There has recently been a great deal of interest in the power that a little bit of scripting and SQL-DMO can bring to a Database Administrator’s toolkit.  As a result of this interest, on Friday 31st September I will be presenting a one day course titled ‘A DBA’s Guide to SQL-DMO’ at Clifton's training facility in Brisbane.  If you are interested in this course you will need to book early as bookings are limited to twelve participants and places have already begun to fill.  For those who book and pay prior to the 29th July 2005  there is an early bird rate of $450 inc. GST per person.  The course material is currently being finalised and as soon as an outline is available I will post it to the WARDY IT blog, as well as include it in next months newsletter.  For more information regarding this course or the running of this course in other locations e-mail


SQL Server 2000 Service Pack 4 was released on the 12th May, but before you install the Service Pack you may want to be aware of a bug that has been found affecting servers where Address Windowing Extensions (AWE) is enabled.  The bug limits the amount of memory that can be used by SQL Server to 50 percent of the physical memory that is on the server.  KB Article 899761 ( provides more information regarding this issue. 



Should you have any suggestions or feedback on how we can improve the newsletter or content that you would like covered, please do not hesitate to email


Happy Reading



Peter Ward

WARDY IT Solutions Chief Technical Architect

Phone: +61 7 3856 5411     Mobile: +61 0 403 177 761

In this Issue:


Tech.Ed 2005

Greg Low’s CLR Book

April MSDN Updae

SQL Server to Oracle using SSIS

Knowledge Base RSS Feed

SQL Server POD Casts

RegExp Function in SQL Server

SQL Server 2005 MSDN Forum

Looping Through Routines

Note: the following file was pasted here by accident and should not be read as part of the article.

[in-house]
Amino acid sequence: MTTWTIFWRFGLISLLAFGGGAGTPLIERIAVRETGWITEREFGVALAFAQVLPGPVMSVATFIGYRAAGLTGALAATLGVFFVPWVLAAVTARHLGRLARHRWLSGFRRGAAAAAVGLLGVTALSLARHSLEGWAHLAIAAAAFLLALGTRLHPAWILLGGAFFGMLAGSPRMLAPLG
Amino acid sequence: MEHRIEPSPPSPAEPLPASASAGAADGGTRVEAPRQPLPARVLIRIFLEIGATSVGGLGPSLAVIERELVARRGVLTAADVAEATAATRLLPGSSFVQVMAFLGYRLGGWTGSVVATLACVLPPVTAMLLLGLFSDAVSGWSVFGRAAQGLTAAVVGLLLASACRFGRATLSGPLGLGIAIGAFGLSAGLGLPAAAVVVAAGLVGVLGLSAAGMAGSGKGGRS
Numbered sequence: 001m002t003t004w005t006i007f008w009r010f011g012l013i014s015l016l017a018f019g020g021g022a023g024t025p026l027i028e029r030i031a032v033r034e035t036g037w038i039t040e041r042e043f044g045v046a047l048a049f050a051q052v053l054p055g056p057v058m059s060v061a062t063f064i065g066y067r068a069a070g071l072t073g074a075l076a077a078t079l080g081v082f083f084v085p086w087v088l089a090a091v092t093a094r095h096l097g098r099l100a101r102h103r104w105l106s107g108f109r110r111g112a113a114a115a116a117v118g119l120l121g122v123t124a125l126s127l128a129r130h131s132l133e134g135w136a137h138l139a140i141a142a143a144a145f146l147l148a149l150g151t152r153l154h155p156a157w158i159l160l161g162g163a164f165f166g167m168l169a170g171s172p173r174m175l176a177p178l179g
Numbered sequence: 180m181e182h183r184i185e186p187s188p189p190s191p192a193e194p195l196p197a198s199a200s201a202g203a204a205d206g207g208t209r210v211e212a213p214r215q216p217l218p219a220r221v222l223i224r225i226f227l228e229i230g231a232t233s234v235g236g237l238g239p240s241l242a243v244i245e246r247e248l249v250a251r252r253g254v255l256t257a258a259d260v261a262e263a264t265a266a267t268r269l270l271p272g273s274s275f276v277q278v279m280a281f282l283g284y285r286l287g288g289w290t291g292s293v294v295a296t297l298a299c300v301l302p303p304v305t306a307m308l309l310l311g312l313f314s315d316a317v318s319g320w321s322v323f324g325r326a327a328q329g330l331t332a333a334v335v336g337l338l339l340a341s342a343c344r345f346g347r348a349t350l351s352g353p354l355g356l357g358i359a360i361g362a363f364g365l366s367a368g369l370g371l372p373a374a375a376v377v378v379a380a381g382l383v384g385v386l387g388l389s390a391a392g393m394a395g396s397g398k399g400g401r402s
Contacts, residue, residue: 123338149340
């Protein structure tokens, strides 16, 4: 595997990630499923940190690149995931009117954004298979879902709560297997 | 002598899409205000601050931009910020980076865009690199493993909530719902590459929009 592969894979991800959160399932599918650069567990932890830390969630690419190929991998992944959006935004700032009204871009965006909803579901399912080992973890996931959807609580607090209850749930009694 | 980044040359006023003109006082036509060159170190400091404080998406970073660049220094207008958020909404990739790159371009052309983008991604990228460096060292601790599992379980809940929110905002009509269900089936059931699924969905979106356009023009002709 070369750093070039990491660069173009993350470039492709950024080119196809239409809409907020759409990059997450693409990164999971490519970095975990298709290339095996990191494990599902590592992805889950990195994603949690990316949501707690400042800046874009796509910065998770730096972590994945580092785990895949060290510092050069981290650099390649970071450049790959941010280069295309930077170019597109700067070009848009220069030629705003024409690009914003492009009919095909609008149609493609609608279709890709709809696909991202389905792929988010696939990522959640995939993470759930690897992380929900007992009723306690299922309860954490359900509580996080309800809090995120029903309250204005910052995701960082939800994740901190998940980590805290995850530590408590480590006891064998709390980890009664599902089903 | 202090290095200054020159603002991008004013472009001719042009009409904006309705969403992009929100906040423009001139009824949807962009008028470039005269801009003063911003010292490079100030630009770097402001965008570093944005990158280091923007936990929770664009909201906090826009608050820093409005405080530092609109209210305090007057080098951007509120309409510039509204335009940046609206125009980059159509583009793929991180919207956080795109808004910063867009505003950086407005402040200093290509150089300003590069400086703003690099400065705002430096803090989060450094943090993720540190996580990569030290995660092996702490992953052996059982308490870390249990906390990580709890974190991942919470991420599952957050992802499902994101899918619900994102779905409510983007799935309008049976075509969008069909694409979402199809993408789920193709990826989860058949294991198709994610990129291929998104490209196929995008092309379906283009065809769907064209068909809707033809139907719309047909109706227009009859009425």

DMO of the Month

T-SQL of the Month

SQL Server Tip of the Month

Reporting Services Tip of the Month

Tech.Ed 2005

Registration is now open for Tech.Ed 2005.  Tech.Ed Australia will be held this year at the Gold Coast convention centre from the 30th August to 2nd September.  The Early Bird registration is available until the 30th June for $1399 ex. GST.  For MSDN member’s registration is available for $1199 ex. GST up until the commencement of the event.



Greg Low’s CLR Book

Greg is in the final stages of his book ‘A SQL Server DBA's Guide to the .NET Framework and CLR Integration’.  Greg is a leading figure in the SQL Server and .Net community and for those who attended the recent Security Summit or the MSDN Update you would have seen Greg’s presentation on the CLR integration in SQL Server 2005.  To register to be advised when this book is available and to secure it at the pre-release price visit



April MSDN Update

For those who were unable to attend the April MSDN Update session or would like to review the presentations from Neil Roodyn, Greg Low and Dave Glover the presentation material is now available at



SQL Server to Oracle using SSIS

Donald Farmer has produced a great article regarding migration, integration and loading from and to an Oracle Database using SQL Server 2005 Integration Services (the new DTS).



Knowledge Base RSS Feed

Microsoft Knowledge Base articles are now available as an RSS feed so that as new KB articles are published you will receive notification.  For the complete list of feeds available refer to



SQL Server POD Casts

If you are looking for something to load onto your digital music device to listen to in the background at work or whilst on the train then you can’t go past some of the great SQL Server resources available to help bring you up to speed. has recently had Kimberly Tripp, Brian Larson and Tony Bain on their weekly show to discuss SQL Server, whilst Bryan Von Axelson from Microsoft has just finished a 10 Part series on SQL Server 2005 available from



RegExp Function in SQL Server

For those who are used to working with other programming languages one of the things that often seems primitive about TSQL is the string searching and pattern matching functions available.  Regular Expressions (RegExp) are a special text string for describing a search pattern used for searchings strings, much like the LIKE statement only on steroids.  Ken Henderson has come up with a way to use the power of Regular Expressions by using a User Defined Function.



SQL Server 20005 MSDN Forum

Microsoft have added the option of support of the SQL Server 2005 CTP program via a Web Based forum to compliment the traditional News Groups.